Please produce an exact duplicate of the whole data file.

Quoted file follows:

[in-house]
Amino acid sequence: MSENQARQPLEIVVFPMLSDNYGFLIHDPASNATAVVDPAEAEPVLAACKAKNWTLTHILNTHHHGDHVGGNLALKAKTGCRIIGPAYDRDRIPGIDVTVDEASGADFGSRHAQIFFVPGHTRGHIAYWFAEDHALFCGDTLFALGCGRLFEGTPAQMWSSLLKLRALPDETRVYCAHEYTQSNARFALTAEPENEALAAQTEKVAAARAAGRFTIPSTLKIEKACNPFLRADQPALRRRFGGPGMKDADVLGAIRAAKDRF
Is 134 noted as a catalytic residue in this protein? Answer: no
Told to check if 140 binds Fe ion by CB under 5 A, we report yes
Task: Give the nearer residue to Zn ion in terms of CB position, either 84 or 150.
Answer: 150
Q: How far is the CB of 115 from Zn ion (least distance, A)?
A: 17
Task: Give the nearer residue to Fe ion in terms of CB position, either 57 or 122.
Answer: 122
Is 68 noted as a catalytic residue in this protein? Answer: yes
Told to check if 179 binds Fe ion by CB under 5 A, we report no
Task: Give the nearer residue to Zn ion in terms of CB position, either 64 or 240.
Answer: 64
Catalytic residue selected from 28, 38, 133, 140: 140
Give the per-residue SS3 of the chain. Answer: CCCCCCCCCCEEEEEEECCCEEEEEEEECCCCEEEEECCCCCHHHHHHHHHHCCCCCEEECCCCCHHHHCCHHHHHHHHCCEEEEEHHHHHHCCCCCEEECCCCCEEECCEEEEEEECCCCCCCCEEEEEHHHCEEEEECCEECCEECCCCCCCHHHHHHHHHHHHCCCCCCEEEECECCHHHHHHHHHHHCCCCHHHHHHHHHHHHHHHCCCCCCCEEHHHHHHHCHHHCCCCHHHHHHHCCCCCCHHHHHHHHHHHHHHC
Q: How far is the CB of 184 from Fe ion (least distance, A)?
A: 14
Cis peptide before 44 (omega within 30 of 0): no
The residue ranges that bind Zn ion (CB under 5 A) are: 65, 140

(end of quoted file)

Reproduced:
[in-house]
Amino acid sequence: MSENQARQPLEIVVFPMLSDNYGFLIHDPASNATAVVDPAEAEPVLAACKAKNWTLTHILNTHHHGDHVGGNLALKAKTGCRIIGPAYDRDRIPGIDVTVDEASGADFGSRHAQIFFVPGHTRGHIAYWFAEDHALFCGDTLFALGCGRLFEGTPAQMWSSLLKLRALPDETRVYCAHEYTQSNARFALTAEPENEALAAQTEKVAAARAAGRFTIPSTLKIEKACNPFLRADQPALRRRFGGPGMKDADVLGAIRAAKDRF
Is 134 noted as a catalytic residue in this protein? Answer: no
Told to check if 140 binds Fe ion by CB under 5 A, we report yes
Task: Give the nearer residue to Zn ion in terms of CB position, either 84 or 150.
Answer: 150
Q: How far is the CB of 115 from Zn ion (least distance, A)?
A: 17
Task: Give the nearer residue to Fe ion in terms of CB position, either 57 or 122.
Answer: 122
Is 68 noted as a catalytic residue in this protein? Answer: yes
Told to check if 179 binds Fe ion by CB under 5 A, we report no
Task: Give the nearer residue to Zn ion in terms of CB position, either 64 or 240.
Answer: 64
Catalytic residue selected from 28, 38, 133, 140: 140
Give the per-residue SS3 of the chain. Answer: CCCCCCCCCCEEEEEEECCCEEEEEEEECCCCEEEEECCCCCHHHHHHHHHHCCCCCEEECCCCCHHHHCCHHHHHHHHCCEEEEEHHHHHHCCCCCEEECCCCCEEECCEEEEEEECCCCCCCCEEEEEHHHCEEEEECCEECCEECCCCCCCHHHHHHHHHHHHCCCCCCEEEECECCHHHHHHHHHHHCCCCHHHHHHHHHHHHHHHCCCCCCCEEHHHHHHHCHHHCCCCHHHHHHHCCCCCCHHHHHHHHHHHHHHC
Q: How far is the CB of 184 from Fe ion (least distance, A)?
A: 14
Cis peptide before 44 (omega within 30 of 0): no
The residue ranges that bind Zn ion (CB under 5 A) are: 65, 140